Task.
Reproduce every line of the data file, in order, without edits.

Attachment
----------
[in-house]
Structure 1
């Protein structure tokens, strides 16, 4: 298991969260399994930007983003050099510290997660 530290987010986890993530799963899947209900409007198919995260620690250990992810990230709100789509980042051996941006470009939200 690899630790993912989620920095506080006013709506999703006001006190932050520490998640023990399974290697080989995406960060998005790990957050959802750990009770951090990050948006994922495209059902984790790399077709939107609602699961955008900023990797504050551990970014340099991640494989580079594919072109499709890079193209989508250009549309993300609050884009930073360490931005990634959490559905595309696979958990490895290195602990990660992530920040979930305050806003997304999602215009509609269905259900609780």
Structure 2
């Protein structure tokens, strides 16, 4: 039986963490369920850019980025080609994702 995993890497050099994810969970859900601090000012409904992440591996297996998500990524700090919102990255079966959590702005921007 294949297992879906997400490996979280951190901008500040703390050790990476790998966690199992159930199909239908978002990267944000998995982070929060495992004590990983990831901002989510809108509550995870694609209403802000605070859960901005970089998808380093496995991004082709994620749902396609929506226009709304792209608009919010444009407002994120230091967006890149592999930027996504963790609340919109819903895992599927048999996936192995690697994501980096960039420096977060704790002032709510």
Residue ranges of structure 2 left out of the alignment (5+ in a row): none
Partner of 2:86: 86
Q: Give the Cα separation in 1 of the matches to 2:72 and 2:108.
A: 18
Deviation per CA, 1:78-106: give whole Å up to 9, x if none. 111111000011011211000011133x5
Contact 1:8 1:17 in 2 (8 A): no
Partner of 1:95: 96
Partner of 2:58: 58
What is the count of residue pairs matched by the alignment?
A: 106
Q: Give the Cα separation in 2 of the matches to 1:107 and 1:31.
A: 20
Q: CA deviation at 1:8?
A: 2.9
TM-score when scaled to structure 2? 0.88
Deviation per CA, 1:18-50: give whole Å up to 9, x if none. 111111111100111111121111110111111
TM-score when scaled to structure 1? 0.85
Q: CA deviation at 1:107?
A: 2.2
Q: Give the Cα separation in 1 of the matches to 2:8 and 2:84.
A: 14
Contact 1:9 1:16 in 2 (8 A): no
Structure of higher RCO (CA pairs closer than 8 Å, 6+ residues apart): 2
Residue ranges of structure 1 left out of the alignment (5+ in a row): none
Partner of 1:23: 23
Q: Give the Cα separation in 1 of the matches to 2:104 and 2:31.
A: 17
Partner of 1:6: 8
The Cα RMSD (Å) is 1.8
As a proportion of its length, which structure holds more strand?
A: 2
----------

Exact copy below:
[in-house]
Structure 1
């Protein structure tokens, strides 16, 4: 298991969260399994930007983003050099510290997660 530290987010986890993530799963899947209900409007198919995260620690250990992810990230709100789509980042051996941006470009939200 690899630790993912989620920095506080006013709506999703006001006190932050520490998640023990399974290697080989995406960060998005790990957050959802750990009770951090990050948006994922495209059902984790790399077709939107609602699961955008900023990797504050551990970014340099991640494989580079594919072109499709890079193209989508250009549309993300609050884009930073360490931005990634959490559905595309696979958990490895290195602990990660992530920040979930305050806003997304999602215009509609269905259900609780």
Structure 2
């Protein structure tokens, strides 16, 4: 039986963490369920850019980025080609994702 995993890497050099994810969970859900601090000012409904992440591996297996998500990524700090919102990255079966959590702005921007 294949297992879906997400490996979280951190901008500040703390050790990476790998966690199992159930199909239908978002990267944000998995982070929060495992004590990983990831901002989510809108509550995870694609209403802000605070859960901005970089998808380093496995991004082709994620749902396609929506226009709304792209608009919010444009407002994120230091967006890149592999930027996504963790609340919109819903895992599927048999996936192995690697994501980096960039420096977060704790002032709510």
Residue ranges of structure 2 left out of the alignment (5+ in a row): none
Partner of 2:86: 86
Q: Give the Cα separation in 1 of the matches to 2:72 and 2:108.
A: 18
Deviation per CA, 1:78-106: give whole Å up to 9, x if none. 111111000011011211000011133x5
Contact 1:8 1:17 in 2 (8 A): no
Partner of 1:95: 96
Partner of 2:58: 58
What is the count of residue pairs matched by the alignment?
A: 106
Q: Give the Cα separation in 2 of the matches to 1:107 and 1:31.
A: 20
Q: CA deviation at 1:8?
A: 2.9
TM-score when scaled to structure 2? 0.88
Deviation per CA, 1:18-50: give whole Å up to 9, x if none. 111111111100111111121111110111111
TM-score when scaled to structure 1? 0.85
Q: CA deviation at 1:107?
A: 2.2
Q: Give the Cα separation in 1 of the matches to 2:8 and 2:84.
A: 14
Contact 1:9 1:16 in 2 (8 A): no
Structure of higher RCO (CA pairs closer than 8 Å, 6+ residues apart): 2
Residue ranges of structure 1 left out of the alignment (5+ in a row): none
Partner of 1:23: 23
Q: Give the Cα separation in 1 of the matches to 2:104 and 2:31.
A: 17
Partner of 1:6: 8
The Cα RMSD (Å) is 1.8
As a proportion of its length, which structure holds more strand?
A: 2